Podcast: Twisted history—The true story of how the DNA double helix was discovered

, | May 1, 2020
Photo 51
Photo 51. Image: Raymond Gosling/King’s College London via Wikipedia
This article or excerpt is included in the GLP’s daily curated selection of ideologically diverse news, opinion and analysis of biotechnology innovation.

“History is written by the victors.” It’s a quote often attributed to Winston Churchill, and it’s certainly true of many discoveries in science, where being the first to publish a major finding is enough to secure your name in the history books (or at least in the science textbooks…)

The book, The Double Helix, is a dramatic tale of how American geneticist James Watson and British molecular biologist Francis Crick discovered the structure of DNA back in the early 1950s. Of course, being written by Watson himself, it’s no surprise that he’s the dashing hero of the story.

Big names like Watson and Crick take much of the glory for the discovery of the structure of DNA, while others like Maurice Wilkins, Rosalind Franklin and Ray Gosling are increasingly recognized for their contributions. But there are still many others whose work contributed to our understanding of the structure and function of DNA, such as Johannes Friedrich Miescher, Fred Griffith, Oswald Avery, Rudolf Signer and Elwyn Beighton.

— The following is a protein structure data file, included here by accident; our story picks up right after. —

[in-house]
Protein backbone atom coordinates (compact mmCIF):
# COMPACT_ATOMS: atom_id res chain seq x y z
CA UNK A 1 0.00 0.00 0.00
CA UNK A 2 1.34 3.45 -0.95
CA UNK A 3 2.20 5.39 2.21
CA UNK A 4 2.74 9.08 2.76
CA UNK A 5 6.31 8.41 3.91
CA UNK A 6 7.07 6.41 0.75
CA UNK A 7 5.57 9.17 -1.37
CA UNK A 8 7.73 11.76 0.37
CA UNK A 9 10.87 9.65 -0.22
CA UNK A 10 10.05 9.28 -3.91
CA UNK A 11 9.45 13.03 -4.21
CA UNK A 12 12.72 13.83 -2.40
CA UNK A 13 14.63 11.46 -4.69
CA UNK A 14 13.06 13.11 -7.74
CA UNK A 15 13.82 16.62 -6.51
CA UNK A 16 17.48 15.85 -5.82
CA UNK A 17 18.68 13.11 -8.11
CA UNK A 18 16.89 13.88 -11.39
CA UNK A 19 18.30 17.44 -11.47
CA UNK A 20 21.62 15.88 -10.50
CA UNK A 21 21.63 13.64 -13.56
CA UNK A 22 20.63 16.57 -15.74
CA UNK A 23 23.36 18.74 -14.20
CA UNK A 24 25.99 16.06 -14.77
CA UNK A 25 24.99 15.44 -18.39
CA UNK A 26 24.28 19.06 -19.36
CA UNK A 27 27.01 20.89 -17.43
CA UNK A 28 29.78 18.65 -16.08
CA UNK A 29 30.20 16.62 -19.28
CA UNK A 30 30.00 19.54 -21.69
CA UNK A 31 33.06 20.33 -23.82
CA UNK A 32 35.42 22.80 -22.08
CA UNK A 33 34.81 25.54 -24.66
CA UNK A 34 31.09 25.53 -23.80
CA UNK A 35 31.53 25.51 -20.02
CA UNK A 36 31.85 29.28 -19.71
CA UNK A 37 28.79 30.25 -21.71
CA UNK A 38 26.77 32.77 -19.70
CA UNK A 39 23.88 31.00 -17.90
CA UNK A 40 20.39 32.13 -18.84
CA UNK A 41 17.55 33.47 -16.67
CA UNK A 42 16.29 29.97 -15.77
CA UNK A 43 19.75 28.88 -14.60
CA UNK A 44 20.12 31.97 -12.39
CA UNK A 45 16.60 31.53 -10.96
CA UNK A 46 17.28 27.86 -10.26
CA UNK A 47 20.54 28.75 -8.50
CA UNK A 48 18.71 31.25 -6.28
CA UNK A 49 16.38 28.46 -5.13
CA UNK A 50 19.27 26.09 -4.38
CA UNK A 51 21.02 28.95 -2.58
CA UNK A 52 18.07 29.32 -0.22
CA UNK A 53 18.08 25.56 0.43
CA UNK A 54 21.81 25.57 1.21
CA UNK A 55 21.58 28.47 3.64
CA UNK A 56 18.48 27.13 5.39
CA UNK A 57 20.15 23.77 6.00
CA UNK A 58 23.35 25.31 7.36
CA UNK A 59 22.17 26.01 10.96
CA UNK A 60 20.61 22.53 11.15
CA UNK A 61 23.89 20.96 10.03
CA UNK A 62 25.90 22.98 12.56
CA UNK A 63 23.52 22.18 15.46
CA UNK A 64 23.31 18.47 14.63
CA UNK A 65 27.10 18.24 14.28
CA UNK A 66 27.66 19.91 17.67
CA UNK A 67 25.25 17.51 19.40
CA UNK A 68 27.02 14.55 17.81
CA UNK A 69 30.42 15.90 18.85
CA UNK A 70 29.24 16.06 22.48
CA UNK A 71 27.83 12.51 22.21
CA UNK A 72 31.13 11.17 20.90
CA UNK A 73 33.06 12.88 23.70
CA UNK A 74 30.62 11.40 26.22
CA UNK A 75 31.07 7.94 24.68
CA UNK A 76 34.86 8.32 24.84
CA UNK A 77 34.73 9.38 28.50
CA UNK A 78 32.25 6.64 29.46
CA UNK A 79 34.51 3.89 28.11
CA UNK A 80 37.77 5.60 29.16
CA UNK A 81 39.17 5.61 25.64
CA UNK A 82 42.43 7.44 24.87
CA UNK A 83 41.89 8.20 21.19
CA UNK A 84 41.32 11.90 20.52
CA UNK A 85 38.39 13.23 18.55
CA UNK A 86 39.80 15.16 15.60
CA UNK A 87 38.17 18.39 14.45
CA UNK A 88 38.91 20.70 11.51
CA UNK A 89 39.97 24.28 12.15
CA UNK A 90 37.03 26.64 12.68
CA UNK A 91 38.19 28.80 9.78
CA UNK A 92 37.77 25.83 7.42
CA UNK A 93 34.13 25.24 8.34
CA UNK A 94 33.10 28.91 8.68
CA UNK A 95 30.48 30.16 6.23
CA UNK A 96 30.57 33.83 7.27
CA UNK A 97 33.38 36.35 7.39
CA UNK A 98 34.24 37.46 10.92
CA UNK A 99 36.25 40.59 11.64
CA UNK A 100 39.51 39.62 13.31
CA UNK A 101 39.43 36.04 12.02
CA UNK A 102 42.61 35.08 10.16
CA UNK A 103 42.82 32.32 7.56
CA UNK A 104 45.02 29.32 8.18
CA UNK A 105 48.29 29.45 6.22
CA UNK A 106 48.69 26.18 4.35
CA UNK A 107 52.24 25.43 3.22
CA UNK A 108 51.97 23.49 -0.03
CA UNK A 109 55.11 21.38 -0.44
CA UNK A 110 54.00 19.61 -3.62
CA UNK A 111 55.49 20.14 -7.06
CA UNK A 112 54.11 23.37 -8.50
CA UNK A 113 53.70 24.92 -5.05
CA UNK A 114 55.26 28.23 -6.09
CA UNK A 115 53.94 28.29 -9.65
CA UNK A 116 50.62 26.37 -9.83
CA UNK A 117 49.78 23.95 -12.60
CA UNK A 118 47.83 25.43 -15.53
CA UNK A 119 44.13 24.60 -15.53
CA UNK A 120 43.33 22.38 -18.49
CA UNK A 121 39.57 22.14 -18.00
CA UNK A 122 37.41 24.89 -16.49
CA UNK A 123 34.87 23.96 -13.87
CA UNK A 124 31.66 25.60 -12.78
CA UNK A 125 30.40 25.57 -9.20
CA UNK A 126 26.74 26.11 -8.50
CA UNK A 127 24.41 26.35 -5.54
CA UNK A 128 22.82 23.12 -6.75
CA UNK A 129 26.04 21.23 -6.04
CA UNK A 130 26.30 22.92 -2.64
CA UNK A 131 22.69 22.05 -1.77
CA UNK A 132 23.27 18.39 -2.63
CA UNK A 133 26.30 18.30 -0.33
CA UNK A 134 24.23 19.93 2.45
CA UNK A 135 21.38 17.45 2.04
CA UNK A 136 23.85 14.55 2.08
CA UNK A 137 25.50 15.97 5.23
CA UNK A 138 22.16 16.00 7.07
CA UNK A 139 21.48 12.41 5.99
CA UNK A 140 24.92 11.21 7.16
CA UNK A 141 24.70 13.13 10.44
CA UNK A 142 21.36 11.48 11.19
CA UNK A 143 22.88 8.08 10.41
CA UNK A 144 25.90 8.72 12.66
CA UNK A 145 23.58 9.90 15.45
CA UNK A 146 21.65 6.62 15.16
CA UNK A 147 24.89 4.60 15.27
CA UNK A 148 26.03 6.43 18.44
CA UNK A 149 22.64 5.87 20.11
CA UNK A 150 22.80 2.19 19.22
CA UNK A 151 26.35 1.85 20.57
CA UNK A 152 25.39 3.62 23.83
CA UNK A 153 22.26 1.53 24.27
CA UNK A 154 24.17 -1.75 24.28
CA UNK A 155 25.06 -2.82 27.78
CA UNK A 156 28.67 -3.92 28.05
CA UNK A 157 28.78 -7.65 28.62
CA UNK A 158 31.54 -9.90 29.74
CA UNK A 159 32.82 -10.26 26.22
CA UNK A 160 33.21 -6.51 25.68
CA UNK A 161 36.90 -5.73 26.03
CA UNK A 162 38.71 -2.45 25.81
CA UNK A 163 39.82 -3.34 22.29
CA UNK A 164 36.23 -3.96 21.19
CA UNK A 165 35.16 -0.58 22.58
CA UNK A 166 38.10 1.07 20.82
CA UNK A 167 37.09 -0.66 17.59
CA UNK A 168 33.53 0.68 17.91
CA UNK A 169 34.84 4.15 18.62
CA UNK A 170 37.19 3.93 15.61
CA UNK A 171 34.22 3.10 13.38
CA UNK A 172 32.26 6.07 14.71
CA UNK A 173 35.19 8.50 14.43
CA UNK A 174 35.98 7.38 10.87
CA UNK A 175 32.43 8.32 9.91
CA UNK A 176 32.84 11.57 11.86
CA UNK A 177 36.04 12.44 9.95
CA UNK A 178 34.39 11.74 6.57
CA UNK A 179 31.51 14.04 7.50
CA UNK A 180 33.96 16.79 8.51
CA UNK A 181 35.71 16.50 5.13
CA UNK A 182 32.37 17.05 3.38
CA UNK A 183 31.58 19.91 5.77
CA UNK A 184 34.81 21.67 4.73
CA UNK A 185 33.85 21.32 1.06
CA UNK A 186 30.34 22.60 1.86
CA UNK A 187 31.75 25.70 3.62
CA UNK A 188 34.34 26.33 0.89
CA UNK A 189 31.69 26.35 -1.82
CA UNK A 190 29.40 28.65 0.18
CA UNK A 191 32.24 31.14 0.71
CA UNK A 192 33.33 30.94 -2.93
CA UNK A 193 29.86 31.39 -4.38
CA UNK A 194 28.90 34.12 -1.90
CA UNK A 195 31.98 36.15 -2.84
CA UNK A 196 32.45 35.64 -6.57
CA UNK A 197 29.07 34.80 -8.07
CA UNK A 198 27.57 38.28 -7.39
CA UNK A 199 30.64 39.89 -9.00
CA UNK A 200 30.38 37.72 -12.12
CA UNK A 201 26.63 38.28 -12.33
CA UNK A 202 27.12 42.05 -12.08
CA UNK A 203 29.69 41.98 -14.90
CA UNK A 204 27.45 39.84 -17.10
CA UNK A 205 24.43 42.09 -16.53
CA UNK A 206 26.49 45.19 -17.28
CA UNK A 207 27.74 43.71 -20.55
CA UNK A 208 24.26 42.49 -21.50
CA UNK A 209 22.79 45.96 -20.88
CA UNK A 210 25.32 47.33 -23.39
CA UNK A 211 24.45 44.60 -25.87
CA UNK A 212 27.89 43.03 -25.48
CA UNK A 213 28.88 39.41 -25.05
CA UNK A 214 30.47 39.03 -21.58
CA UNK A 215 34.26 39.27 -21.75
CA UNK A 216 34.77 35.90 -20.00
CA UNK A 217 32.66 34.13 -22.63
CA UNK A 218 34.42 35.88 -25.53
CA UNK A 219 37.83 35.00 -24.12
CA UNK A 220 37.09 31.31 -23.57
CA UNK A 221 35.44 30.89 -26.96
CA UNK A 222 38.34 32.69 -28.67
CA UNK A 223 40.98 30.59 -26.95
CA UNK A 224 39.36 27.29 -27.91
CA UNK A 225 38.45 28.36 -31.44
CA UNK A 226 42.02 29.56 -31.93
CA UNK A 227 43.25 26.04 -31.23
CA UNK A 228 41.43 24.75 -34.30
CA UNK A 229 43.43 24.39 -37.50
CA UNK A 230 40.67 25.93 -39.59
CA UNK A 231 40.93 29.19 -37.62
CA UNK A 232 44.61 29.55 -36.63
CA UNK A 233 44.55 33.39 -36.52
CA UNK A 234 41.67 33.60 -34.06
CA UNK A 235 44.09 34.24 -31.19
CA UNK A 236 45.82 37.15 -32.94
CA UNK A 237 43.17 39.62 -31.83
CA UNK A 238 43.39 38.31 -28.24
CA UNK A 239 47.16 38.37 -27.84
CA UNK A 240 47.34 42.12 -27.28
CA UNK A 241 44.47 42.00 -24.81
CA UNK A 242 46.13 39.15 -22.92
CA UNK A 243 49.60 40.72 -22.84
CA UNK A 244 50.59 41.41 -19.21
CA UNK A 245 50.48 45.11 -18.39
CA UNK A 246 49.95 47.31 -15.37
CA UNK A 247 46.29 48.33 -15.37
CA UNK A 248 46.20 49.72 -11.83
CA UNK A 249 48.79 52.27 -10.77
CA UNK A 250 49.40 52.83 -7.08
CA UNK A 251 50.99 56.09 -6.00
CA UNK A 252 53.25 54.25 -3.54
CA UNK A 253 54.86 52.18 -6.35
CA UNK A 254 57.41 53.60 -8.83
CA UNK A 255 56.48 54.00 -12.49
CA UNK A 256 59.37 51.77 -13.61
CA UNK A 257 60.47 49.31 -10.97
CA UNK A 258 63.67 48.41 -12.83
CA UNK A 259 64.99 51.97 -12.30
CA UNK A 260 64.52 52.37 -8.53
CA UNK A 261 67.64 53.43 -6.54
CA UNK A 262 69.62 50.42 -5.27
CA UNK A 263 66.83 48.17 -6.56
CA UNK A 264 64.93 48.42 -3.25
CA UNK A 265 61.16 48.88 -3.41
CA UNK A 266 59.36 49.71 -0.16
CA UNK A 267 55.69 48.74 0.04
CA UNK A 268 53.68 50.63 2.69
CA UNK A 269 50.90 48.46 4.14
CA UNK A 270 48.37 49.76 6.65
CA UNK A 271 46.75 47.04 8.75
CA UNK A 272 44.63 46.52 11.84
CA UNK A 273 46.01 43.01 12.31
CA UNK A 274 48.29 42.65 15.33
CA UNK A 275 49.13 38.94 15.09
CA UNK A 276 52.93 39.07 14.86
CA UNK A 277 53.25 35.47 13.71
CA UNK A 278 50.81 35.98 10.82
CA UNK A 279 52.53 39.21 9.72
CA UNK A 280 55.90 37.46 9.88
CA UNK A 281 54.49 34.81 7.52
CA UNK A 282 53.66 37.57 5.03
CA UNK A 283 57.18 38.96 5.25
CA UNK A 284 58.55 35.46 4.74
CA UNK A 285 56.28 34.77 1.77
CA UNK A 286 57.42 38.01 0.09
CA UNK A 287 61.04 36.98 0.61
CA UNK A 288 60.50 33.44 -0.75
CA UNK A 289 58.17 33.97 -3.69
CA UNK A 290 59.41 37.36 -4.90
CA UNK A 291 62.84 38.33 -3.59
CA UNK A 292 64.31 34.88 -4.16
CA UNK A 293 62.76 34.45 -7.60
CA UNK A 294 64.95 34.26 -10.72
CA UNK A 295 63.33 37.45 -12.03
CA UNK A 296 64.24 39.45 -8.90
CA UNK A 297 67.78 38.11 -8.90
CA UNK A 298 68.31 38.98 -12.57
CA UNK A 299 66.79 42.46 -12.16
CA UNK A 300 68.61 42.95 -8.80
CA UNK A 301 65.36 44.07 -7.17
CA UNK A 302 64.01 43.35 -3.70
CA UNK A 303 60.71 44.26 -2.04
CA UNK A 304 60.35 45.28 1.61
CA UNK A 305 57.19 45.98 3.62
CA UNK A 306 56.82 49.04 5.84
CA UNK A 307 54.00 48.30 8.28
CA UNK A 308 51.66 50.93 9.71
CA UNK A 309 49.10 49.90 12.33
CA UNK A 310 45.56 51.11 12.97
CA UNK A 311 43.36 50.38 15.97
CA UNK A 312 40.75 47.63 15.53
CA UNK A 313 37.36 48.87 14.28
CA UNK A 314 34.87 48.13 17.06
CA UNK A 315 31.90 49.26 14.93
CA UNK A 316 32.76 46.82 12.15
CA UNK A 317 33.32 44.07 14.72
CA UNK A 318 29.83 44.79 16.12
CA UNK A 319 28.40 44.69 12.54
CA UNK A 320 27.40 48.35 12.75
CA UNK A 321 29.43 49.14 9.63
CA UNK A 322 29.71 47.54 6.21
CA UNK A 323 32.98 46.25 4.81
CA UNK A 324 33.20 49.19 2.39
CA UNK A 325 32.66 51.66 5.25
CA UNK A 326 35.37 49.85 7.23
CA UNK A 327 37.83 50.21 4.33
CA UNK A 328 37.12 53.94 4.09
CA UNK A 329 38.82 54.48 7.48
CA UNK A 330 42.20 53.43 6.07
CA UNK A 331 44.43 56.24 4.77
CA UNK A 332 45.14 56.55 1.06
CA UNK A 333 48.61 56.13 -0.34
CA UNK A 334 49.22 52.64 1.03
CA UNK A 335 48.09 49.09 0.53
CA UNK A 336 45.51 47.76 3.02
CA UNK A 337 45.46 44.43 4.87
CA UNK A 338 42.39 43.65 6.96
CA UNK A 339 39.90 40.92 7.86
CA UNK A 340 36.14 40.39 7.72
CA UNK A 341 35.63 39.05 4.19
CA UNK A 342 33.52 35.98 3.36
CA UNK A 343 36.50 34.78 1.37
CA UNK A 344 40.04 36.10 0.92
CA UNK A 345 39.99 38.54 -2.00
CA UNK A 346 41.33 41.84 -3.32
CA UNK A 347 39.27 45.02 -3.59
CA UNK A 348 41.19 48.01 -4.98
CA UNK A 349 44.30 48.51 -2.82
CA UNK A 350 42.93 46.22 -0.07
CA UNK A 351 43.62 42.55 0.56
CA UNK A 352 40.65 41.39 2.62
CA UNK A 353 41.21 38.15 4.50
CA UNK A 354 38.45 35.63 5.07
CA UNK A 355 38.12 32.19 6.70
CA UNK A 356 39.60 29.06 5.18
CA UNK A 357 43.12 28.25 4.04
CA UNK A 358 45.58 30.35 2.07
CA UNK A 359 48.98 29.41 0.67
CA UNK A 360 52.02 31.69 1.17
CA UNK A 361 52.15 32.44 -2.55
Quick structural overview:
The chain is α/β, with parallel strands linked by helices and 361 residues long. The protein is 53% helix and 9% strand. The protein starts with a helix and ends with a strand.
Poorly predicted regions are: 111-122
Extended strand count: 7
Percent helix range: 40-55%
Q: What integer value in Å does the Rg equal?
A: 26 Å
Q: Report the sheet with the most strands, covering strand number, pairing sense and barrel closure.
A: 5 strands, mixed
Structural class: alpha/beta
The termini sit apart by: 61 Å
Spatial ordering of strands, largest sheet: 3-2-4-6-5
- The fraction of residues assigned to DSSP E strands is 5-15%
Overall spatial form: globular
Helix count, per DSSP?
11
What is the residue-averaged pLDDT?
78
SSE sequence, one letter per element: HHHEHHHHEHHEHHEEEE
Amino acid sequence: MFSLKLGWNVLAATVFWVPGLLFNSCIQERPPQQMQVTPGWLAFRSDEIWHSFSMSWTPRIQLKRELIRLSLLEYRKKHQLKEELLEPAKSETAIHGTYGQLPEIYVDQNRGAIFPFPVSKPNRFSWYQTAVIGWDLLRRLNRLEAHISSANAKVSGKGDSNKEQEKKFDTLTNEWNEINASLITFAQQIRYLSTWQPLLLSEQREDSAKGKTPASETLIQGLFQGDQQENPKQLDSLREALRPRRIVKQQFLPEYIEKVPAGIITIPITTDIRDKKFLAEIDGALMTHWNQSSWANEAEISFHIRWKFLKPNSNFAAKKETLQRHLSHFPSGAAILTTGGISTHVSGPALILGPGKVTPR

Related article:  Testosterone levels can predict and treat diseases. But how do you determine your 'right level’?

In this episode of Genetics Unzipped, geneticist Kat Arney talks with Gareth Williams, professor emeritus at the University of Bristol and author of ‘Unravelling the Double Helix: The Lost Heroes of DNA‘, to explore some of the lesser-known stories and names behind the discovery of the structure and function of DNA. 

Full transcript, links and references available online at GeneticsUnzipped.com

Genetics Unzipped is the podcast from the UK Genetics Society, presented by award-winning science communicator and biologist Kat Arney and produced by First Create the Media.  Follow Kat on Twitter @Kat_Arney, Genetics Unzipped @geneticsunzip, and the Genetics Society at @GenSocUK

Listen to Genetics Unzipped on Apple Podcasts (iTunes) Google Play, Spotify, or wherever you get your podcasts

The GLP featured this article to reflect the diversity of news, opinion and analysis. The viewpoint is the author’s own. The GLP’s goal is to stimulate constructive discourse on challenging science issues.

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